This leaves Turkey, that has its first aircraft go into production, Denmark (they will acquire all of their aircraft by 2024 when the last F-16 is retired and contrary to the false narrative being pushed around their parliament approved the purchase 139-40 ) that competed and then purchase the F-35 and Canada that is in the process of drafting a competition.

Most of the partners began ordering their aircraft a few years ago and will complete their acquisition over a relatively short window of time. This is dictated by both the fleet-replacement need and the cost of alternative strategies. Remember, they have industrial partnership which does not kick in until and unless they buy the aircraft. The SDD phase of the program concludes in 2017 or 2018 so majority of their deliveries will be post that.

Danish lawmakers have cleared the way for Denmark’s Ministry of Defense (MoD) to buy 27 Lockheed Martin F-35 Lightning IIs, following a parliamentary vote of 139-40 in favor of the government’s recommendation of the Joint Strike Fighters over the Eurofighter Typhoon and BoeingF/A-18 Super Hornet as a replacement for its aging F-16s. ~ Aerospace Daily & Defense Report Jun 09, 2016, p. 3


Out of the 3 FMS customers 2 have received their first aircraft, and have pilots training either in their home country (Israel) or at Luke (Japan) and South Korea will be up next in the short term and will also begin training at Luke before flying back home.

Now to quantity:

Partners have been ordering aircraft pretty much throughout the early production blocks but for the sake of this I'll focus on just three most recent production blocks - LRIP - 8, LRIP -9 and LRIP-10.

LRIP-8 and 9 are FIRM, signed contracts while LRIP-10 has had most of its contract signed (Engine contract for LRIP-10 is FIRM) with the handshake expected in a few months. LRIP-8 aircraft are being delivered, LRIP-9 aircraft are in production and LRIP-10 aircraft in pre production (long lead).

Below is the Partner Nation/FMS aircraft orders in each of those blocks. I've put the total production lot size in brackets (the difference obviously being what the US services are buying)

LRIP -8 - 14 aircraft ( 43 Aircraft)
LRIP -9 - 23 Aircraft ( 57 Aircraft)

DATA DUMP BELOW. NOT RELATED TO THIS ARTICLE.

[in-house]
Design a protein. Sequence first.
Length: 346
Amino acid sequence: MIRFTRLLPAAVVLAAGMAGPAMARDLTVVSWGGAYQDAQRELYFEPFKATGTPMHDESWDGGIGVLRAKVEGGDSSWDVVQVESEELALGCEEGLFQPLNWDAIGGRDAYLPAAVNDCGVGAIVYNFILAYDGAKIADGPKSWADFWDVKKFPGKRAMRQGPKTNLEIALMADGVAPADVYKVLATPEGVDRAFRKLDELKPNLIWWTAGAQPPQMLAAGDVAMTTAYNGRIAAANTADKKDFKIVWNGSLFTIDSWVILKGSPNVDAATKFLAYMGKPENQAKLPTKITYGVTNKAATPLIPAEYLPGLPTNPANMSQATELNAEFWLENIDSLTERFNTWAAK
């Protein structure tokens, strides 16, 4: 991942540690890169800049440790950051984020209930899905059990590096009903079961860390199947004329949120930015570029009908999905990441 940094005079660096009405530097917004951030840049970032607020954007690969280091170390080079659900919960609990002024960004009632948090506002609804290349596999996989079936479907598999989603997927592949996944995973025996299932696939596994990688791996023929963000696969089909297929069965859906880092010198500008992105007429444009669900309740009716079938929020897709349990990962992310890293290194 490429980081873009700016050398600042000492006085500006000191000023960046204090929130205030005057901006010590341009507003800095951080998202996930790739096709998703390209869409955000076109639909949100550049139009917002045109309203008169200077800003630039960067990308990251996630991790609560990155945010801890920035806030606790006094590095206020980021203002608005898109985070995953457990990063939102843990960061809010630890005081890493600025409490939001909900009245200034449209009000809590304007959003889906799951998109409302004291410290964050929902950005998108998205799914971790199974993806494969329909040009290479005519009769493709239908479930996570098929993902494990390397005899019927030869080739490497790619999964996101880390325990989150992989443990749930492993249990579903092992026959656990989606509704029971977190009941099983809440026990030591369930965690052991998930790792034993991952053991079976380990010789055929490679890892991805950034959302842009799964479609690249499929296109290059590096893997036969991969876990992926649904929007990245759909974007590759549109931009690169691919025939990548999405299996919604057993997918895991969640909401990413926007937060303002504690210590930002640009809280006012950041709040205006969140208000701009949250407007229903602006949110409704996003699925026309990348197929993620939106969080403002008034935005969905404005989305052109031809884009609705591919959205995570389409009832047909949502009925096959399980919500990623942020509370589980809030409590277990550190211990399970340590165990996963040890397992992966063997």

LRIP - 10 - 35 Aircraft (90/92 Aircraft)


As one can see, 38% of the entire production in LRIP 8 , 9 and 10 goes out to non US development partners, or FMS customers. This trend will continue as the LRIP stage of the aircraft concludes and even during early full-rate-production phase of the program.

Folks forget that with LRIP-10 negotiations winding down, close to 350 F-35's would have been delivered, be in production or pre-production. That is more than the total Rafale order book iirc and fast approaching Super Hornet or Typhoon territory. F-35 deliveries have already surpassed TOTAL F-22A production.

Only FMS customers need to disclose a FIRM contractually bound order sizes to the program (with a usual work-around being to include options). Norway, Turkey, Netherlands or Canada for that matter do not need to share with the program the total number of aircraft they expect to purchase of the lifetime of production.

Each, including the US has given the program a rough estimate of what their need is likely to be but this is something they look at every 5 or so years and is usually threat dependent. No one has been asked to provide a FIRM floor to their demand, and this is true of the US services as well. They all provide estimates to support the POR.

As with most defense investments, economic conditions and geopolitical threats require that most armed services study their force structure needs, and end strength periodically. As this happens it will be reflected in how each partner nation shapes up their eventual F-35 purchase.

The partners simply inform the JPO of short term orders and when they would like to work them in to the aircraft production plan. The JPO offers slots and then negotiates a price for the same with Lockheed and Pratt and Whitney. FMS customers usually negotiate directly with the US government and offer more fixed terms that are made cleared up front as in X number of aircraft with a stated delivery schedule.

Once those terms are hashed out the US government communicates them to the JPO that then negotiates a price with the OEM's on behalf of FMS customers as well. FMS customers pay a small surcharge to support the FMS process which the partner nations do not.

In the next few months, we'll begin hearing about International Customer driven block buy of their aircraft where instead of purchasing their LOT orders for a given production year, they pool their resources over multiple lots and place one large block order. This allows the JPO to negotiate with more leverage and get closer to the cost target of $85 Million URF earlier than FRP.

The US may not join initial block buys (but Trump could surely sanction this in the interest of cost savings which he has identified as a goal on this program) but regardless of this, international customers that could make up to 50% of the LRIP-11 orders would. Here is Norway's plan of ordering a few years worth of orders upfront -

Norway requests 12 F-35As in proposed block buy

Singha wrote:give up current reserved production slots and then come in once the unit costs are amortized across 100s of airframes and teething troubles sorted out.


I haven't looked into this recently but they don't have to commit long term production slots. I think the JPO cycle is 3 years so by 2018 for example they have to firm up 2021 delivery slots or 2021-2023 if they are looking into block buys. The entire production was soft-capped by Frank Kendall so regardless all procurement plans including those of the US were moved to the right as the program was re-baselined.